Student Behavior Problems?
Here's Surprising, No-Fail New Strategies
I'm the instructor for Youth Change's student behavior improvement workshops. My name is Ruth Herman Wells, M.S.
Over the years, I've invented thousands of terrific behavior improvement strategies for students with conduct problems. This is blog issue has a few of my favorites.
Student Behavior Management Strategies
The Girl in the Mirror
Have you ever noticed that most interventions are geared for boys, or are generic, one-gender-fits-all interventions?
Poster 147 is intended just for girls, although you can use it with boys if you wish. It's also a great reminder to use gender-proficient interventions when needed. You're student behavior will definitely improve as a result.
This provocative poster is the perfect conversation-starter for girls' counseling groups, health classes, contemporary issues classes, and living skills courses.
It also works well with individual students. It tackles a tough problem area: body image. It also raises issues of weight, self-image, beauty, culture and societal expectations of girls.
This student behavior intervention will start important conversations and provoke insights when mere words and generic methods can't.
I'll Do It Someday
If you had a nickel for every time a youngster told you that they will do what you ask…someday.
This is a light, fun student behavior management intervention.
The next time you hear "someday" in answer to a request to a student, escort the student to your calendar and say: "Monday, Tuesday, Wednesday, Thursday, Friday, Saturday, Sunday. Where's Someday?"
Your goal is to teach students that someday doesn't exist.
Interventions for Drama Queens– and Kings
You don't work in a theater, but you are surrounded by drama. If you are tired of the theatrics at your school or agency, this very simple behavior intervention can become your new mantra.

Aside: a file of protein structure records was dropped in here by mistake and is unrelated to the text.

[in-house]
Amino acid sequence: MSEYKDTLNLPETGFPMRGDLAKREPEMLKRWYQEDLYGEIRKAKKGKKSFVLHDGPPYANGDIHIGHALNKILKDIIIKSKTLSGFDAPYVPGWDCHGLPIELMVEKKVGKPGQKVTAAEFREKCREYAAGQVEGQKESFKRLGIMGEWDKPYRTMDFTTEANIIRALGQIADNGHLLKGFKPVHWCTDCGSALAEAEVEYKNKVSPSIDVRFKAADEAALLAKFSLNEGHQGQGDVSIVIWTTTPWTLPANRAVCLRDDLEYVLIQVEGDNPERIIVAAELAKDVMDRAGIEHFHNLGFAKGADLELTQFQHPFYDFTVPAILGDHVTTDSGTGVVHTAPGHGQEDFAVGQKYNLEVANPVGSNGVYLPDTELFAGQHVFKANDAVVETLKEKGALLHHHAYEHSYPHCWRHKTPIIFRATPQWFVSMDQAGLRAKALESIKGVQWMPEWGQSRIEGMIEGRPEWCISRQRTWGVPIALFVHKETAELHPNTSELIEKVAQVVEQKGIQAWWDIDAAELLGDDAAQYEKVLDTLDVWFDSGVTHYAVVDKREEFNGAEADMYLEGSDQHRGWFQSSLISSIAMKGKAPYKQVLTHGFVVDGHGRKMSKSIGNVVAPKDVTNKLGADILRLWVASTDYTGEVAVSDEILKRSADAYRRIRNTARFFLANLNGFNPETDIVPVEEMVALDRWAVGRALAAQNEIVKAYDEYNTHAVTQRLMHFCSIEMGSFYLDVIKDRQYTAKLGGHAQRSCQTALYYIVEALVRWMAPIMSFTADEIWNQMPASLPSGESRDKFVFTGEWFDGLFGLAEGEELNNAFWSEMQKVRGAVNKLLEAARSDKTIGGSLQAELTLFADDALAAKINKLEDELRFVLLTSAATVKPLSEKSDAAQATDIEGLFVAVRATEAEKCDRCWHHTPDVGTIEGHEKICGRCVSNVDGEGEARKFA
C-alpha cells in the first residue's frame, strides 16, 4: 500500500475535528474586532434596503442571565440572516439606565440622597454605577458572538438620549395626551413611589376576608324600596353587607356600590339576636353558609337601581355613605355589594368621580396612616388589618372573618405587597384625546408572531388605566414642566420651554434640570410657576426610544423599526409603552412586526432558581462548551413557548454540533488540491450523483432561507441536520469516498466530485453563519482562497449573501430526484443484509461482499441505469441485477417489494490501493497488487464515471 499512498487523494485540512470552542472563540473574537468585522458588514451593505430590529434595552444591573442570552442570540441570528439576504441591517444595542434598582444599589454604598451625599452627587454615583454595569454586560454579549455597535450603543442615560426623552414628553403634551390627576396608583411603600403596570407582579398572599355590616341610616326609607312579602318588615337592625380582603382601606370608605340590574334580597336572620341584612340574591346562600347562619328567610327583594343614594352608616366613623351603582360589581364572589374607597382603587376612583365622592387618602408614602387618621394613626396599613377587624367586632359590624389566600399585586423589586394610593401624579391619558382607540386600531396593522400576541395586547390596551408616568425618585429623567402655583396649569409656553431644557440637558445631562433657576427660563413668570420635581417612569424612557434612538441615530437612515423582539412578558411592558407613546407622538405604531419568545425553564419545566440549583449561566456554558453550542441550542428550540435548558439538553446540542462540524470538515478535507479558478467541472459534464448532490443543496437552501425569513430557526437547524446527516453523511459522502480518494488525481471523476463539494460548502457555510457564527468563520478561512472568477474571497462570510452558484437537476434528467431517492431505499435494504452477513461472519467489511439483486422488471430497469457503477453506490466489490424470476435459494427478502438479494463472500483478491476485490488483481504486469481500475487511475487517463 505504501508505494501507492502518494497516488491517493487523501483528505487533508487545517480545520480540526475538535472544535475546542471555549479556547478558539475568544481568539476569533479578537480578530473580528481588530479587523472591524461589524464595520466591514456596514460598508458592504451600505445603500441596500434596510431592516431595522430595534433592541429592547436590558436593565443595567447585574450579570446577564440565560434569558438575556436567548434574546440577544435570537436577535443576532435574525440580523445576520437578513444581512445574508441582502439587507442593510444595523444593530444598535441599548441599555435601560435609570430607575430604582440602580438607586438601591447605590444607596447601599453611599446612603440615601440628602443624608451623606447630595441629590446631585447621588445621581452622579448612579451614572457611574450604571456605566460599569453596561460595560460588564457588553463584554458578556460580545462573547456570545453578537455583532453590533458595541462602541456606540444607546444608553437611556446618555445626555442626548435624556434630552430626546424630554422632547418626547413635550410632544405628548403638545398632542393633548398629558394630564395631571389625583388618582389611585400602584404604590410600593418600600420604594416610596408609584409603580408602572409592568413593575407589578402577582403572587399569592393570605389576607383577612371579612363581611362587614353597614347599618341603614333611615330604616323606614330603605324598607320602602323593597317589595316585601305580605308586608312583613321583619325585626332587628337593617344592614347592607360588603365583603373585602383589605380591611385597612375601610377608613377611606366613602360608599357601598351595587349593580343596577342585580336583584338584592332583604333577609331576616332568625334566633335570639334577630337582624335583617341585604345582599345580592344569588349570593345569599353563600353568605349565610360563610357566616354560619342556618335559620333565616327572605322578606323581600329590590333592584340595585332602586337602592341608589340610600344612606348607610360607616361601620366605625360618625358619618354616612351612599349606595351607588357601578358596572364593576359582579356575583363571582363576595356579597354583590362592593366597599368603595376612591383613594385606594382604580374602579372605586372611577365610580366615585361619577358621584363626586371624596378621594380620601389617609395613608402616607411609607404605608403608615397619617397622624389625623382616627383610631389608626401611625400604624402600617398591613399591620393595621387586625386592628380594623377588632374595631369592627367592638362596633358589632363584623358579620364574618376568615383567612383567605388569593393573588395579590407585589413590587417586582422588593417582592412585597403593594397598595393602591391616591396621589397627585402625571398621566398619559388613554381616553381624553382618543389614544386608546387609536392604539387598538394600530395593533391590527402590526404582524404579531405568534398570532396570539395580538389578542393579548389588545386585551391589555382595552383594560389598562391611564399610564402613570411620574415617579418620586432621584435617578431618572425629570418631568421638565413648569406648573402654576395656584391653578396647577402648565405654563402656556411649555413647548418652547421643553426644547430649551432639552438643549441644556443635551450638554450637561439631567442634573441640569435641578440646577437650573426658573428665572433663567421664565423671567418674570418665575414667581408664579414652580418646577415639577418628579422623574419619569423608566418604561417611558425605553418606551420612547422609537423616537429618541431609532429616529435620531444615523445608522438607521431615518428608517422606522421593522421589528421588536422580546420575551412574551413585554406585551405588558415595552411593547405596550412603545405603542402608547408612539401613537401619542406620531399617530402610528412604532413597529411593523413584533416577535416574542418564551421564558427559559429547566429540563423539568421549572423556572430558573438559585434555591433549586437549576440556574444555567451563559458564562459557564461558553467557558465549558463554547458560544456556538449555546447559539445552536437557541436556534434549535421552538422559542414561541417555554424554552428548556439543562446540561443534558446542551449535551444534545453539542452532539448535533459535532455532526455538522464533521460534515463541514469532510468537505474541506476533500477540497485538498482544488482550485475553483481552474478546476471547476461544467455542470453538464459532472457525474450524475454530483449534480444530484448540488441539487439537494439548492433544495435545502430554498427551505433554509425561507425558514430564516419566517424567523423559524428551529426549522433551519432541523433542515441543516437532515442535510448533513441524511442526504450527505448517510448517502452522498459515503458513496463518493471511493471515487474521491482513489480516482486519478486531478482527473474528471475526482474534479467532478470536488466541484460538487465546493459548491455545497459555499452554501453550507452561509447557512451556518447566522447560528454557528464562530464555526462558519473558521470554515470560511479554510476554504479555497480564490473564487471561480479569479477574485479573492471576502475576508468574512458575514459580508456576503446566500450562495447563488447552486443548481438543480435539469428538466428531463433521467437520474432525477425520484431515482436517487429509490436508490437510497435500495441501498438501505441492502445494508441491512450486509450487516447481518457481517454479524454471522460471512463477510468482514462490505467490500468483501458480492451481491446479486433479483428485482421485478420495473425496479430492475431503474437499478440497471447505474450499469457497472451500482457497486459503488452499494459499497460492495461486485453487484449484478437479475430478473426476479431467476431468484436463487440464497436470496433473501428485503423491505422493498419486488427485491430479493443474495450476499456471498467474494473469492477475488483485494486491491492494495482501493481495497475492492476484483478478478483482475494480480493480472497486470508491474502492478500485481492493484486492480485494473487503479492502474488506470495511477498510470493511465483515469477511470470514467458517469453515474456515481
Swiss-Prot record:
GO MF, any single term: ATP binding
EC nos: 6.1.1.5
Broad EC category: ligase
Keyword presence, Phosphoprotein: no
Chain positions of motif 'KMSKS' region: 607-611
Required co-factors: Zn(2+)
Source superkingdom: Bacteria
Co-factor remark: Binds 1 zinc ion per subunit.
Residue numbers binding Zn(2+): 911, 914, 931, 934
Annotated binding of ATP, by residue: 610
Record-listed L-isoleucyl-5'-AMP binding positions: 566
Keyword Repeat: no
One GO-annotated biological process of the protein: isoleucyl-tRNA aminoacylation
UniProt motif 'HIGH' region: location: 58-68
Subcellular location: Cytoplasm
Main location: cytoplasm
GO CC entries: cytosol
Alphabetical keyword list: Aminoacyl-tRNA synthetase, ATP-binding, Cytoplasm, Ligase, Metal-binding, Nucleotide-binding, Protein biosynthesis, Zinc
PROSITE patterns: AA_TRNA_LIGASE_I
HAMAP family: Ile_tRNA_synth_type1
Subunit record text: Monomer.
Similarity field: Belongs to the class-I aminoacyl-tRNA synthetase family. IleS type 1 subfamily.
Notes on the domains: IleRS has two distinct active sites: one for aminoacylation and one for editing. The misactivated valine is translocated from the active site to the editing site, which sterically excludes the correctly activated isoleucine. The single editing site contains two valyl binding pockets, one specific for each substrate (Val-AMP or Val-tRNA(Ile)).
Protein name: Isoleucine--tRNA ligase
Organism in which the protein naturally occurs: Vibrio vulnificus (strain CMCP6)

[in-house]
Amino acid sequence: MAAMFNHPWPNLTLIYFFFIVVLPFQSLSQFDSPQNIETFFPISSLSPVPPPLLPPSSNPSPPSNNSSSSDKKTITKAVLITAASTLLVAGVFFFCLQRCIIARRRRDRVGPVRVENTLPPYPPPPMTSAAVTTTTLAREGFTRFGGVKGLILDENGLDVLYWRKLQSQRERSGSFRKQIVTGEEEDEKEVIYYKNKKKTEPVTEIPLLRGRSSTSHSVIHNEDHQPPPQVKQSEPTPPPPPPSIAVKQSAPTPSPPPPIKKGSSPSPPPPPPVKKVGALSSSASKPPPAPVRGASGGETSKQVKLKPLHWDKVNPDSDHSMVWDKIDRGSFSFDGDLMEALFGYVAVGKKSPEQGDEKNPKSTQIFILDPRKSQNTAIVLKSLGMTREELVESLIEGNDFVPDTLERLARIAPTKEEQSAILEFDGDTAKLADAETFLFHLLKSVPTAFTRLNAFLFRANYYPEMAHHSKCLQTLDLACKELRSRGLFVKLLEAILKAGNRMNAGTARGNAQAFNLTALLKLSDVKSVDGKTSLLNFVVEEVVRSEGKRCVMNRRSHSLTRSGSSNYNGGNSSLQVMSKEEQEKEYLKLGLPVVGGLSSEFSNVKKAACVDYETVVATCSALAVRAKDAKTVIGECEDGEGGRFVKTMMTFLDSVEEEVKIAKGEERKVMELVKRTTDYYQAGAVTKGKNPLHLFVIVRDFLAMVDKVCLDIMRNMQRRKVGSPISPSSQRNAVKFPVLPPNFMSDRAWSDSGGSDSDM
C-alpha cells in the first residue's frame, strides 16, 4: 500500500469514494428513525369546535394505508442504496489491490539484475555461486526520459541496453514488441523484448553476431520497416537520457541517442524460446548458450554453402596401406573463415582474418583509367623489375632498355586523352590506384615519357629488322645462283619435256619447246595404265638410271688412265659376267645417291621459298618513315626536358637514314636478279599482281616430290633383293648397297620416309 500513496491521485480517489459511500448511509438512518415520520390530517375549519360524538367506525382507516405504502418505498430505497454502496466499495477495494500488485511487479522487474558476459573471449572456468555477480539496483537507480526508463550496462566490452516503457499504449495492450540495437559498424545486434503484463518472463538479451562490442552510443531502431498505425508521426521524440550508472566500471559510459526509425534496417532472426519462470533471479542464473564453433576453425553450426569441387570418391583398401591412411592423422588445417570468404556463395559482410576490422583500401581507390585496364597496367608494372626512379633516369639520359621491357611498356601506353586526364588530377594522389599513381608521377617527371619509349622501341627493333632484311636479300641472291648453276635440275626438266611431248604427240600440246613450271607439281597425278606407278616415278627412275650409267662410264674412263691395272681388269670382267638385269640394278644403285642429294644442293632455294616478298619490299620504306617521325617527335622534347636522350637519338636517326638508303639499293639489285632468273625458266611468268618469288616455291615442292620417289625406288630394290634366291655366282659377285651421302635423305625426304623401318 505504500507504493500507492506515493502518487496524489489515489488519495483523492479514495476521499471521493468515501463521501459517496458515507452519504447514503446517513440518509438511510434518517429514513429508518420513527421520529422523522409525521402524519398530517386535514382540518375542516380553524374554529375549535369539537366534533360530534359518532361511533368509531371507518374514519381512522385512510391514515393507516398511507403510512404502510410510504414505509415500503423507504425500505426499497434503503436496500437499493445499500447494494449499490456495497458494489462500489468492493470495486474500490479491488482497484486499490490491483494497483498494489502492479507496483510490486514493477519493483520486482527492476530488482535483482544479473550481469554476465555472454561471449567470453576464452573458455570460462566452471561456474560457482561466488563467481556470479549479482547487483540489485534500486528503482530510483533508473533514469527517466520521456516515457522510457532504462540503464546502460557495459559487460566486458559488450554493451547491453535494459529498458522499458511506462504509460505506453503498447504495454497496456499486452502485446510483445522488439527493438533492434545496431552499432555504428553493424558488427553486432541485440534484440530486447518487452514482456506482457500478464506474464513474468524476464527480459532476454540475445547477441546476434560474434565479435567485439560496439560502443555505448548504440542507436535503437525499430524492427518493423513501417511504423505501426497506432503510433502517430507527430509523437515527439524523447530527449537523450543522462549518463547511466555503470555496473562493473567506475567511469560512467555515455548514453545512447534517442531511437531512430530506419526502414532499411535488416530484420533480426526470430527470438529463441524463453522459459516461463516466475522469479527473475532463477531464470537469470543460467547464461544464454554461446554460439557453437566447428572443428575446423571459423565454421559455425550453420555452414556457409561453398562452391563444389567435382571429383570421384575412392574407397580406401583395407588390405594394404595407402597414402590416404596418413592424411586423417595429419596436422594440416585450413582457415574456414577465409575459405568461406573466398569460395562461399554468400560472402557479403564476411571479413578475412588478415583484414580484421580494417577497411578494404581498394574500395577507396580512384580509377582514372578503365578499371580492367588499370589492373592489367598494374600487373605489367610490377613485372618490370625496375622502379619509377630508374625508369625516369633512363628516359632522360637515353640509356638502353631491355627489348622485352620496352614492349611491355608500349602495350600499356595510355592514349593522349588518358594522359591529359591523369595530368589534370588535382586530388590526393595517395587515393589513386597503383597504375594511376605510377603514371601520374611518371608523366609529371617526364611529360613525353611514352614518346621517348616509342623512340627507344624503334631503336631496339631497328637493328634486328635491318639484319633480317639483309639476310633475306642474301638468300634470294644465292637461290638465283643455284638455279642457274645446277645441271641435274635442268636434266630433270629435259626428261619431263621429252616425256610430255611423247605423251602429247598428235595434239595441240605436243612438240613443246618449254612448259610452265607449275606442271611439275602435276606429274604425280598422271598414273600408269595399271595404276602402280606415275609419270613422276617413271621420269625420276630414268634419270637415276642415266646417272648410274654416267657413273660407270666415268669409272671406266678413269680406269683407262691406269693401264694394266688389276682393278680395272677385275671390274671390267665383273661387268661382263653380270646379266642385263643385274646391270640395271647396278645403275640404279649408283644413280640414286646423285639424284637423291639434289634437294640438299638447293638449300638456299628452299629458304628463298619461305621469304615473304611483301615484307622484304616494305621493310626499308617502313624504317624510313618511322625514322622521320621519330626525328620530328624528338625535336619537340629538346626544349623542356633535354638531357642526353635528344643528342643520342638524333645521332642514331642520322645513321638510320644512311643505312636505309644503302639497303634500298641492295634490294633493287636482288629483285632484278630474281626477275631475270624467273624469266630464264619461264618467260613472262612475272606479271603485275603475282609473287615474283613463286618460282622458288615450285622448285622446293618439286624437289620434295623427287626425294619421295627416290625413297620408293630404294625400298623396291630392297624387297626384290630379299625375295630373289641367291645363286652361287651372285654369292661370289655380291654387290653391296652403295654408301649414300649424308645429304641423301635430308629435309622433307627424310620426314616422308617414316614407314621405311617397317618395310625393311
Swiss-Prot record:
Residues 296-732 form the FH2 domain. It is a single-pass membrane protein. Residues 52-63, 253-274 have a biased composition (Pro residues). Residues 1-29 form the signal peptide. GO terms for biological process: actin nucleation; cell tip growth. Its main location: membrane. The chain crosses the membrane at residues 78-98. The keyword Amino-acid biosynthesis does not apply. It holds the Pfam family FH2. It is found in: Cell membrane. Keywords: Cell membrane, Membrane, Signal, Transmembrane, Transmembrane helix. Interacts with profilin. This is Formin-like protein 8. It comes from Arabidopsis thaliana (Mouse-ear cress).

Teach your students: "No Extreme Emotions." If you prefer to say it more positively, "Moderate Emotions Only."
If you work with adolescents, it may seem like you are saying "cool it" to a raging fire, but this saying can help. It is uncomfortable for youngsters to be in perpetual chaos, anger, anxiety, or distress.
Market "No Extreme Emotions" as a way out of the constant discomfort. Remember that children and teens don't necessarily realize that their conduct is out of the norm so teach them "Drama only belongs in theaters."
Consider having students make posters that illustrate this caption: More School, Less Drama.
The Recession or Depression? Game
There is an old saying about bad economic times: It's a recession when other people lose their jobs. It's a depression when you lose your job.
Teach your students about the terms "recession" and "depression," then help them determine if they are prepared to keep regularly occurring, ordinary recessions from becoming disastrous depressions.
Play the "Recession or Depression?" game. Divide students into two groups then ask each group to determine the truth about what can happen to people during economic downturns.
Reward correct answers by giving students play money. Penalize wrong answers by taking away money, or having the group "go into debt."
The purpose of using the play money is to make the game more concrete and real than you can achieve just using verbiage.
Ask students to determine which of the following facts are true. (All are true.)
-No diploma? You double your chances of
-Dropouts are the first fired, last hired
-Graduates often send the layoff notices that
everyone else opens
-Graduates can do and understand more than everyone
else so they can do better than everyone even when
the economy does worse
-Jobs that don't require a diploma are disappearing
-In bad economic times, there are more people than jobs
so grads take the jobs dropouts could otherwise